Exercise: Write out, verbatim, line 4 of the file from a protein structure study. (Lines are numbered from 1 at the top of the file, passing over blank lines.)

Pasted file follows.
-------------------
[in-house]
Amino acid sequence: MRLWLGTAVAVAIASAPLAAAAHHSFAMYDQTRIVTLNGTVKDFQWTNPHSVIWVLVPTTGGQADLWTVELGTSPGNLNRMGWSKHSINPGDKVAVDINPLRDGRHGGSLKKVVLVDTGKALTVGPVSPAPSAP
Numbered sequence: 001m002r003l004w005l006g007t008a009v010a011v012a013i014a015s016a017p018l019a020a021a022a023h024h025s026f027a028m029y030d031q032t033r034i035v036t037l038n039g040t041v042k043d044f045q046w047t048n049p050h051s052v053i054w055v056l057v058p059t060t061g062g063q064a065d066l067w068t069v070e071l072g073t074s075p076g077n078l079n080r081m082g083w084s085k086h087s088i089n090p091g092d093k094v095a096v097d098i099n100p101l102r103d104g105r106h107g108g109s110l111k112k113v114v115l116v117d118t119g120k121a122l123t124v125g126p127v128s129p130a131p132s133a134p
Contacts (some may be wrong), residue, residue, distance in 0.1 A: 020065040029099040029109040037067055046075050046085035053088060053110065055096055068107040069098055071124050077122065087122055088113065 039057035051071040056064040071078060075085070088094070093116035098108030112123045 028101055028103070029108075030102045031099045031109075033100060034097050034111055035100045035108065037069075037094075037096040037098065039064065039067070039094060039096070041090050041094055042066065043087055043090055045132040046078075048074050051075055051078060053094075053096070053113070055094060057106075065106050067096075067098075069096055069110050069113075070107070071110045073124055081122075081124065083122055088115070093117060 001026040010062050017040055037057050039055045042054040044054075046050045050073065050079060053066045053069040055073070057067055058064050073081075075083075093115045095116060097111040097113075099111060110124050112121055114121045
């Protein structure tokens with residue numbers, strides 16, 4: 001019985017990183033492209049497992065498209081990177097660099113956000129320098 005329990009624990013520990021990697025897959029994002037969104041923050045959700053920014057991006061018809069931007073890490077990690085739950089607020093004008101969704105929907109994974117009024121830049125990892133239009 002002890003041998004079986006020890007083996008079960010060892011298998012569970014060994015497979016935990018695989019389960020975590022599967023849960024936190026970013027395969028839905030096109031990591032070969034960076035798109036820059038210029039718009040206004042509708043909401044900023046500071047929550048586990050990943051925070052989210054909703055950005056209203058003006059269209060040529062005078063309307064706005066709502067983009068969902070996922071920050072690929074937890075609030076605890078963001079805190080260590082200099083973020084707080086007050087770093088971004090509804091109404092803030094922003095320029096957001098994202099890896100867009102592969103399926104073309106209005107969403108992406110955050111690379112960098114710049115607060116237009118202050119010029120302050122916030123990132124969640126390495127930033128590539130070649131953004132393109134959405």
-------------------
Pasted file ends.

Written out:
Contacts (some may be wrong), residue, residue, distance in 0.1 A: 020065040029099040029109040037067055046075050046085035053088060053110065055096055068107040069098055071124050077122065087122055088113065 039057035051071040056064040071078060075085070088094070093116035098108030112123045 028101055028103070029108075030102045031099045031109075033100060034097050034111055035100045035108065037069075037094075037096040037098065039064065039067070039094060039096070041090050041094055042066065043087055043090055045132040046078075048074050051075055051078060053094075053096070053113070055094060057106075065106050067096075067098075069096055069110050069113075070107070071110045073124055081122075081124065083122055088115070093117060 001026040010062050017040055037057050039055045042054040044054075046050045050073065050079060053066045053069040055073070057067055058064050073081075075083075093115045095116060097111040097113075099111060110124050112121055114121045